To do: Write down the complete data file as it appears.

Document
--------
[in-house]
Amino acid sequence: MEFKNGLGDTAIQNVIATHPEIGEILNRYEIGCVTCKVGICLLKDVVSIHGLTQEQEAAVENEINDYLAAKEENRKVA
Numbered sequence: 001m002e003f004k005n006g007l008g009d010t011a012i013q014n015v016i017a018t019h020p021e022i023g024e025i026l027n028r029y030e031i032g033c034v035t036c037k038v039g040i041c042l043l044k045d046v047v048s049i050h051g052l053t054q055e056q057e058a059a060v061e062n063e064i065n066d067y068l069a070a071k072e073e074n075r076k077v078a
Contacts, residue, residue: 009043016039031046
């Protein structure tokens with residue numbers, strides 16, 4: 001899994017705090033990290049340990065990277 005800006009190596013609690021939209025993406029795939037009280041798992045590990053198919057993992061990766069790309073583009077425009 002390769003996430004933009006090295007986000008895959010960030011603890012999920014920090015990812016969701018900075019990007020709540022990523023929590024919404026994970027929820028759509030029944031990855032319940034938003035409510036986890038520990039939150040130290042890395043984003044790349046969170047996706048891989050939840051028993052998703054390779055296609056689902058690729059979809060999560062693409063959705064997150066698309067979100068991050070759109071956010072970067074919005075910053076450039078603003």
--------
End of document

[in-house]
Amino acid sequence: MEFKNGLGDTAIQNVIATHPEIGEILNRYEIGCVTCKVGICLLKDVVSIHGLTQEQEAAVENEINDYLAAKEENRKVA
Numbered sequence: 001m002e003f004k005n006g007l008g009d010t011a012i013q014n015v016i017a018t019h020p021e022i023g024e025i026l027n028r029y030e031i032g033c034v035t036c037k038v039g040i041c042l043l044k045d046v047v048s049i050h051g052l053t054q055e056q057e058a059a060v061e062n063e064i065n066d067y068l069a070a071k072e073e074n075r076k077v078a
Contacts, residue, residue: 009043016039031046
């Protein structure tokens with residue numbers, strides 16, 4: 001899994017705090033990290049340990065990277 005800006009190596013609690021939209025993406029795939037009280041798992045590990053198919057993992061990766069790309073583009077425009 002390769003996430004933009006090295007986000008895959010960030011603890012999920014920090015990812016969701018900075019990007020709540022990523023929590024919404026994970027929820028759509030029944031990855032319940034938003035409510036986890038520990039939150040130290042890395043984003044790349046969170047996706048891989050939840051028993052998703054390779055296609056689902058690729059979809060999560062693409063959705064997150066698309067979100068991050070759109071956010072970067074919005075910053076450039078603003």